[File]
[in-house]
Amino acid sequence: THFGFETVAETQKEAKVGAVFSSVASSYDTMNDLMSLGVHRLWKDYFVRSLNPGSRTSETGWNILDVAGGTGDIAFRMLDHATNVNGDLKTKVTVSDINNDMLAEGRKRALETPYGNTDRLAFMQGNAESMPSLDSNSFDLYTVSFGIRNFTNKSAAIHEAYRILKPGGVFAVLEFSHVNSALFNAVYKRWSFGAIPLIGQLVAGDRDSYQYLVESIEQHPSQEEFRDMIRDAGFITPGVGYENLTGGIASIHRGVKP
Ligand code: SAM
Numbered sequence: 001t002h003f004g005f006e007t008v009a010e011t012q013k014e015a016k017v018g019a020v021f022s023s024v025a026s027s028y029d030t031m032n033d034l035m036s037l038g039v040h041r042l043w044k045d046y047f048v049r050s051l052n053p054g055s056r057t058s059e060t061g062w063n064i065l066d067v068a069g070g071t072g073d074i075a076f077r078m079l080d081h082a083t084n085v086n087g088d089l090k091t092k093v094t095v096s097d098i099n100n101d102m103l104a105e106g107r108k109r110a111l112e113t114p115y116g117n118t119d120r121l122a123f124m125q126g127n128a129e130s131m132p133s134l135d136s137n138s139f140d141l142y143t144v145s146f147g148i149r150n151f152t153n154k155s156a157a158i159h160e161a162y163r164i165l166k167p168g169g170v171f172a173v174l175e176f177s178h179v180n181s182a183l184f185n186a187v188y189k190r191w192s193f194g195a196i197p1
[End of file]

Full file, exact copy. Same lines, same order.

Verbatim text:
[in-house]
Amino acid sequence: THFGFETVAETQKEAKVGAVFSSVASSYDTMNDLMSLGVHRLWKDYFVRSLNPGSRTSETGWNILDVAGGTGDIAFRMLDHATNVNGDLKTKVTVSDINNDMLAEGRKRALETPYGNTDRLAFMQGNAESMPSLDSNSFDLYTVSFGIRNFTNKSAAIHEAYRILKPGGVFAVLEFSHVNSALFNAVYKRWSFGAIPLIGQLVAGDRDSYQYLVESIEQHPSQEEFRDMIRDAGFITPGVGYENLTGGIASIHRGVKP
Ligand code: SAM
Numbered sequence: 001t002h003f004g005f006e007t008v009a010e011t012q013k014e015a016k017v018g019a020v021f022s023s024v025a026s027s028y029d030t031m032n033d034l035m036s037l038g039v040h041r042l043w044k045d046y047f048v049r050s051l052n053p054g055s056r057t058s059e060t061g062w063n064i065l066d067v068a069g070g071t072g073d074i075a076f077r078m079l080d081h082a083t084n085v086n087g088d089l090k091t092k093v094t095v096s097d098i099n100n101d102m103l104a105e106g107r108k109r110a111l112e113t114p115y116g117n118t119d120r121l122a123f124m125q126g127n128a129e130s131m132p133s134l135d136s137n138s139f140d141l142y143t144v145s146f147g148i149r150n151f152t153n154k155s156a157a158i159h160e161a162y163r164i165l166k167p168g169g170v171f172a173v174l175e176f177s178h179v180n181s182a183l184f185n186a187v188y189k190r191w192s193f194g195a196i197p1